The Ghadar Party, originally the Pacific Coast Hindustan Association, was formed on 15 July 1913 in the United States but before a decision to create headquarters at Yugantar Ashram in San Francisco was taken at a meeting in the town of Astoria in the state of Oregon in USA under the leadership of Har Dayal, Sant Baba Wasakha Singh Dadehar, Baba Jawala Singh, Santokh Singh, and Sohan Singh Bhakna as its president. The members of the party were Indian immigrants, largely from Punjab. Many of its members were students at the University of California at Berkeley including Dayal, Tarak Nath Das, Maulavi Barkatullah, Harnam Singh Tundilat, Kartar Singh Sarabha, and V.G. Pingle. The party quickly gained support from Indian immigrants, especially in the United States, Canada, East Africa, and Asia.
The party was built around the weekly paper The Ghadar, which carried the caption on the masthead: Angrezi Raj Ka Dushman (an enemy of British rule). “Wanted brave soldiers”, the Ghadar declared, “to stir up rebellion in India. Pay-death; Price-martyrdom; Pension-liberty; Field of battle-India”. The ideology of the party was strongly secular.
In the words of Sohan Singh Bhakna, who later became a major peasant leader of Punjab: “We were not Sikhs or Punjabis. Our religion was patriotism”. The first issue of The Ghadar was published in San Francisco on 1 November 1913.
Today there begins ‘Ghadar’ in foreign lands, but in our country’s tongue, a war against the British Raj. What is our name? Ghadar. What is our work? Ghadar. Where will be the Revolution? In India. The time will soon come when rifles and blood will take the place of pens and ink.Kartar Singh Sarabha, Founding Member of Ghadar Party
Following the voyage of the Komagata Maru in 1914, a direct challenge to Canadian anti-Indian immigration laws, several thousand Indian residents in the United States sold their businesses and homes ready to drive the British from India.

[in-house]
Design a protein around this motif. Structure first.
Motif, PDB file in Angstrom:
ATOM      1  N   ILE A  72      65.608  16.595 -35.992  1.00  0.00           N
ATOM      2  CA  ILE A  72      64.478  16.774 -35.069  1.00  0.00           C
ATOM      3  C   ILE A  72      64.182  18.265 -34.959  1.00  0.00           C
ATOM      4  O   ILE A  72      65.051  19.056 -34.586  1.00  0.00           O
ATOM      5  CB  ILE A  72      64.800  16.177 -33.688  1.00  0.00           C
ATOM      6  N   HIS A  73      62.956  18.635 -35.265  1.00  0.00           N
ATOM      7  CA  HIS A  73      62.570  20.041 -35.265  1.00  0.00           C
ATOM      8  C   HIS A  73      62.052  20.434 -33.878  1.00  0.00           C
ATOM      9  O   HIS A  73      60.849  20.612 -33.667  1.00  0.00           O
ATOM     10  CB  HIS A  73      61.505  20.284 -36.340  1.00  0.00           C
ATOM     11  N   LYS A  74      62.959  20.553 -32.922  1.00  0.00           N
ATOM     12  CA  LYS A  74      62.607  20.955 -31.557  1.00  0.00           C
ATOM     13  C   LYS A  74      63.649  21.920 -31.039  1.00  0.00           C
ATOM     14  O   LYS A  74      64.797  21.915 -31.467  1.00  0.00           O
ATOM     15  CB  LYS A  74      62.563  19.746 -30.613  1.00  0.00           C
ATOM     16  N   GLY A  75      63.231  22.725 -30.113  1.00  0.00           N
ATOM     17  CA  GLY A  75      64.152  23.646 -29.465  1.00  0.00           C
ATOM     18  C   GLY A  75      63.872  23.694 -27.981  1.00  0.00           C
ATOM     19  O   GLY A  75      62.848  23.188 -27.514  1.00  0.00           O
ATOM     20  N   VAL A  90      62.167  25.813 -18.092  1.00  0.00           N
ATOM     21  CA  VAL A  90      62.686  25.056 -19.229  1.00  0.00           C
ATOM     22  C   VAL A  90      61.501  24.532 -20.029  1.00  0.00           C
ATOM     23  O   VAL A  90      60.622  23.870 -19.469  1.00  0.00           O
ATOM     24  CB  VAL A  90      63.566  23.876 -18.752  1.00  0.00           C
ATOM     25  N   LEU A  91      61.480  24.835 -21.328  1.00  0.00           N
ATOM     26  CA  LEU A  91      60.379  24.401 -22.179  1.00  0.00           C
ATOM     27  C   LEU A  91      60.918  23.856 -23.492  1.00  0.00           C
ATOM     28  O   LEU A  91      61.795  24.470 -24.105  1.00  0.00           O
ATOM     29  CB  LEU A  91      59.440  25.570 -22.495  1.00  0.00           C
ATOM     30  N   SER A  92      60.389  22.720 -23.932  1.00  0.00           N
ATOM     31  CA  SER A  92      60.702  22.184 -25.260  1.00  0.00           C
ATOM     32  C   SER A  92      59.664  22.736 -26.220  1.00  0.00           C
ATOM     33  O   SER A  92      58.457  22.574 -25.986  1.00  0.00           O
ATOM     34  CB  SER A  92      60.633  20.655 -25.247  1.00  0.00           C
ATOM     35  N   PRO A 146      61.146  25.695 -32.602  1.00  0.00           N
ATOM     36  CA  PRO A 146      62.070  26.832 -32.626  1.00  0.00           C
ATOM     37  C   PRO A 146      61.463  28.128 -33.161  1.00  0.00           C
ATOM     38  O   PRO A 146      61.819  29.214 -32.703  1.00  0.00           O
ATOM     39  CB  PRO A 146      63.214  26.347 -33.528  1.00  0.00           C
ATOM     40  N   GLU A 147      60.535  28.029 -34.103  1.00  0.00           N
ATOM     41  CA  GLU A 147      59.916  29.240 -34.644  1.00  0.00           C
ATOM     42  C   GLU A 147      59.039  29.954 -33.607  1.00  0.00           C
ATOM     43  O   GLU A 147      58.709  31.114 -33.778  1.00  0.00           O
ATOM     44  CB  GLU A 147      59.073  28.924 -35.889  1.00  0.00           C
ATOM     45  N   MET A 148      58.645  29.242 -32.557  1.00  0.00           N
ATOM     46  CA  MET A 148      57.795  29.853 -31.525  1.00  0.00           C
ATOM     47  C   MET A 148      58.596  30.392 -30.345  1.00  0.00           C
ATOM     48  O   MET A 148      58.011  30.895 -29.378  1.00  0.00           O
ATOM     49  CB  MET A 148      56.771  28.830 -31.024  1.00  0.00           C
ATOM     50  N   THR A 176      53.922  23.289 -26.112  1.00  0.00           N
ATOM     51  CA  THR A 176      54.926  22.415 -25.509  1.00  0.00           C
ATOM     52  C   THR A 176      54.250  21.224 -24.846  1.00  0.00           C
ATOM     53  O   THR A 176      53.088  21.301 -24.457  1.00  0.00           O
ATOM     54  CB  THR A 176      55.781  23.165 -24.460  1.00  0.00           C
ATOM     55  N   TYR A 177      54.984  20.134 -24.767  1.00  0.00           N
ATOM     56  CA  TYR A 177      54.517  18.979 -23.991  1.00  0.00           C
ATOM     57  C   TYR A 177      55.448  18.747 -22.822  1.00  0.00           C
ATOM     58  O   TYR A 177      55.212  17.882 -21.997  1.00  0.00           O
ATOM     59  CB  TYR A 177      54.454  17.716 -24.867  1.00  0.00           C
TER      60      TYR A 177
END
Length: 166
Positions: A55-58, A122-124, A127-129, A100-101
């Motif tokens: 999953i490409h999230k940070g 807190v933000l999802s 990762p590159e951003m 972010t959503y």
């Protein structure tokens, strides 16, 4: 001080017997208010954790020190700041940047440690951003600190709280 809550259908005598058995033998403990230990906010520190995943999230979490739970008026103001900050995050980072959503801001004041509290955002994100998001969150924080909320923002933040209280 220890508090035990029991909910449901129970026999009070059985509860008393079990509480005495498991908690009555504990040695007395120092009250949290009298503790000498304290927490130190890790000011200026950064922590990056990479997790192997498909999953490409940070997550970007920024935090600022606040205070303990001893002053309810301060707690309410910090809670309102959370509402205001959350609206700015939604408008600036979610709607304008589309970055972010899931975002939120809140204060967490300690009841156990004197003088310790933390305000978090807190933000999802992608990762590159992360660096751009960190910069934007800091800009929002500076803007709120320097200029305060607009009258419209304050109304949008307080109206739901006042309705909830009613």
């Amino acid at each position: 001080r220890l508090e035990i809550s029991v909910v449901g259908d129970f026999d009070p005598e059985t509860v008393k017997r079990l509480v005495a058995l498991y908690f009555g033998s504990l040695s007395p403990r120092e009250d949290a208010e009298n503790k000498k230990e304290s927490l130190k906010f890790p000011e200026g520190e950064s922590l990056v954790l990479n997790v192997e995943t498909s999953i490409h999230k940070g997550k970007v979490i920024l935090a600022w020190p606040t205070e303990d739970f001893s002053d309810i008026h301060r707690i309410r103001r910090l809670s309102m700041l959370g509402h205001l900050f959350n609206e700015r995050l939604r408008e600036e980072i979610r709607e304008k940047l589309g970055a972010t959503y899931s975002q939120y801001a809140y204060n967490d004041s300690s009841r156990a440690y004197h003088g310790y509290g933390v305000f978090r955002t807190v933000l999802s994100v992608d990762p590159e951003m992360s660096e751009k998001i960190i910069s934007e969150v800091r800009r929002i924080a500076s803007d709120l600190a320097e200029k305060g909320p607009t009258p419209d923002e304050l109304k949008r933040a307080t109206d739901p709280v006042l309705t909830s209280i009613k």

Following the entry of Canada into World War I, the organization was centered in the USA and obtained significant funding from the German government. They had a very militant tone, as illustrated by this quote from Harnam Singh:
No pundits or mullahs do we need
The party rose to dominance in the second decade of the 20th century and grew in strength owing to Indian discontent over World War I and the lack of political reforms.
In 1917 some of their leaders were arrested and put on trial in the Hindu German Conspiracy Trial in which their paper was quoted.
In 1914, Kasi Ram Joshi a member of the party from Haryana returned to India from America. On 15 March 1915, he was hanged by the colonial government.
The Ghadar party commanded a loyal following in the province of Punjab, but many of its most prominent activists were compelled to removal to Canada and the United States. It ceased to play an active role in Indian politics after.
Although publications such as independence Hindustan and revolution activities of the Ghadar Party against British rule continued from 5 wood street San Francisco, a place where the Ghadar Memorial has been built but Har Dayal one of its founding members severed all connections with revolutionists through its open letter published in March 1919 in Indian newspapers and new Statesman USA, and by writing to British Government for getting Amnesty for himself.
- Sohan Singh Bhakna (President)
- Kesar Singh (Vice-President)
- Baba Jawala Singh (Vice-President)
- Kartar Singh Sarabha (Editor, Punjabi Gadar)
- Pt. Kanshi Ram (Treasurer)
- Munshi Ram (Organizing Secretary)
- Lala Thaker Das (Dhuri) (Vice Secretary)
- Lala Hardayal
- Udham Singh
- Bhai Parmanand
- Tarak Nath Das
- V. G. Pingle
- Bhagwan Singh Gyanee
- Santokh Singh (Ghadarite)
- Balwant Singh (Ghadarite)
- Rehmat Ali (Ghadarite)
- Harnam Singh Tundilat
- G. D. Verma
- Nidhan Singh Chugha
- Baba Chattar Singh Ahluwalia (Jethuwal)
- Baba Harnam Singh (Kari Sari)
- Mangu Ram Mugowalia
- Karim Bakhsh
- Amir Chand
- Sant Baba Wasakha Singh
- Maulavi Barkatullah
- Harnam Singh Saini
- Pandurang Sadashiv Khankhoje
- Ganda Singh Phangureh
- Karim Bux
- Baba Prithvi Singh Azad
- Gulab Kaur
- Pt. Ram Rakha
- Sohanlal Pathak